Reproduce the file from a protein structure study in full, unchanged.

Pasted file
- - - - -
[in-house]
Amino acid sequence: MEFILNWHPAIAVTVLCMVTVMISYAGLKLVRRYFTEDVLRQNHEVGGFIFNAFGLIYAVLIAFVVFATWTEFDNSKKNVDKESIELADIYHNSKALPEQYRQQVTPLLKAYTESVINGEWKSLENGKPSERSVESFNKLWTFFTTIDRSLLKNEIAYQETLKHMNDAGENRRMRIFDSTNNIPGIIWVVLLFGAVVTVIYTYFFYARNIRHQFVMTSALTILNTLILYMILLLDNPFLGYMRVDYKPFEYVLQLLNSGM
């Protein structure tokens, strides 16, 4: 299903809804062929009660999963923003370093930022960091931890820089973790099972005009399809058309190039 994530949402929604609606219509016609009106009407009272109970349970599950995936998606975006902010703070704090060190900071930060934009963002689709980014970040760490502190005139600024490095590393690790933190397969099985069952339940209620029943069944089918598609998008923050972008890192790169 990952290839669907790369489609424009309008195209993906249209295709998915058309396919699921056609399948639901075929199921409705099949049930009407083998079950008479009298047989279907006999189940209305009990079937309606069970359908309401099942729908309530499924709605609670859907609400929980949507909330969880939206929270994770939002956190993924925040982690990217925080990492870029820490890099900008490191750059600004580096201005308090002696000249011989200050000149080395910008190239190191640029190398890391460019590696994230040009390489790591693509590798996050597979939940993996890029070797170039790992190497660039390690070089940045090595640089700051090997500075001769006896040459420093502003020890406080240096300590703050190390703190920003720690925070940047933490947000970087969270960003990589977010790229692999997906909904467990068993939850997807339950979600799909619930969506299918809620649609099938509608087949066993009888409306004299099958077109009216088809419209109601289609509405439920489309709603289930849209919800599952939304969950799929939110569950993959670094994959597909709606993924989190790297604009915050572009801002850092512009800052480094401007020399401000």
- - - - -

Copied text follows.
[in-house]
Amino acid sequence: MEFILNWHPAIAVTVLCMVTVMISYAGLKLVRRYFTEDVLRQNHEVGGFIFNAFGLIYAVLIAFVVFATWTEFDNSKKNVDKESIELADIYHNSKALPEQYRQQVTPLLKAYTESVINGEWKSLENGKPSERSVESFNKLWTFFTTIDRSLLKNEIAYQETLKHMNDAGENRRMRIFDSTNNIPGIIWVVLLFGAVVTVIYTYFFYARNIRHQFVMTSALTILNTLILYMILLLDNPFLGYMRVDYKPFEYVLQLLNSGM
């Protein structure tokens, strides 16, 4: 299903809804062929009660999963923003370093930022960091931890820089973790099972005009399809058309190039 994530949402929604609606219509016609009106009407009272109970349970599950995936998606975006902010703070704090060190900071930060934009963002689709980014970040760490502190005139600024490095590393690790933190397969099985069952339940209620029943069944089918598609998008923050972008890192790169 990952290839669907790369489609424009309008195209993906249209295709998915058309396919699921056609399948639901075929199921409705099949049930009407083998079950008479009298047989279907006999189940209305009990079937309606069970359908309401099942729908309530499924709605609670859907609400929980949507909330969880939206929270994770939002956190993924925040982690990217925080990492870029820490890099900008490191750059600004580096201005308090002696000249011989200050000149080395910008190239190191640029190398890391460019590696994230040009390489790591693509590798996050597979939940993996890029070797170039790992190497660039390690070089940045090595640089700051090997500075001769006896040459420093502003020890406080240096300590703050190390703190920003720690925070940047933490947000970087969270960003990589977010790229692999997906909904467990068993939850997807339950979600799909619930969506299918809620649609099938509608087949066993009888409306004299099958077109009216088809419209109601289609509405439920489309709603289930849209919800599952939304969950799929939110569950993959670094994959597909709606993924989190790297604009915050572009801002850092512009800052480094401007020399401000």